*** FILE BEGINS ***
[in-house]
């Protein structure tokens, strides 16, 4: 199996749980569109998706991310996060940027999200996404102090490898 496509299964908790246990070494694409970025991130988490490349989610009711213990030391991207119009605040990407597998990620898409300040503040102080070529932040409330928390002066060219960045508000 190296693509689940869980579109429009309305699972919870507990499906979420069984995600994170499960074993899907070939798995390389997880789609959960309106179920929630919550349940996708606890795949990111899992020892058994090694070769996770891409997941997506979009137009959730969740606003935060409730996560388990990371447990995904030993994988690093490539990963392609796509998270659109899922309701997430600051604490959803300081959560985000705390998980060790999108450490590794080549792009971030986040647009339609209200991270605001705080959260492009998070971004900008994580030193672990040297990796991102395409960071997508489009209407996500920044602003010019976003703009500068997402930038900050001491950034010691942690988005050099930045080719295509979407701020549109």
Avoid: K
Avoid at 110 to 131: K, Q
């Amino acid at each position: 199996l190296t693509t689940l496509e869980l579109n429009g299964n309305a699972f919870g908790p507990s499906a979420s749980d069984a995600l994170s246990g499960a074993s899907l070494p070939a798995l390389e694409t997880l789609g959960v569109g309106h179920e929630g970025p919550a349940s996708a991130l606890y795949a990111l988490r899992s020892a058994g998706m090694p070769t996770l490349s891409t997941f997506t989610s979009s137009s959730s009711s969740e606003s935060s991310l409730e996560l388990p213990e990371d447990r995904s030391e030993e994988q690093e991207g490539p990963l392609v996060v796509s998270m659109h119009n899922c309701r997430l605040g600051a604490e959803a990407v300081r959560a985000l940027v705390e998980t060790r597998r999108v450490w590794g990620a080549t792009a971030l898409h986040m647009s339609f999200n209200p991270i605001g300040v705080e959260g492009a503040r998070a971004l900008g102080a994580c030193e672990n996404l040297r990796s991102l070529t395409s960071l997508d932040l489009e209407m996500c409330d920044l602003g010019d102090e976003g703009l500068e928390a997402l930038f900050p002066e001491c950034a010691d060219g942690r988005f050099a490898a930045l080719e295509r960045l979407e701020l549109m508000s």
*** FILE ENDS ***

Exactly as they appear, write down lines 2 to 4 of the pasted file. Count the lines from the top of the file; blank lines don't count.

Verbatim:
């Protein structure tokens, strides 16, 4: 199996749980569109998706991310996060940027999200996404102090490898 496509299964908790246990070494694409970025991130988490490349989610009711213990030391991207119009605040990407597998990620898409300040503040102080070529932040409330928390002066060219960045508000 190296693509689940869980579109429009309305699972919870507990499906979420069984995600994170499960074993899907070939798995390389997880789609959960309106179920929630919550349940996708606890795949990111899992020892058994090694070769996770891409997941997506979009137009959730969740606003935060409730996560388990990371447990995904030993994988690093490539990963392609796509998270659109899922309701997430600051604490959803300081959560985000705390998980060790999108450490590794080549792009971030986040647009339609209200991270605001705080959260492009998070971004900008994580030193672990040297990796991102395409960071997508489009209407996500920044602003010019976003703009500068997402930038900050001491950034010691942690988005050099930045080719295509979407701020549109």
Avoid: K
Avoid at 110 to 131: K, Q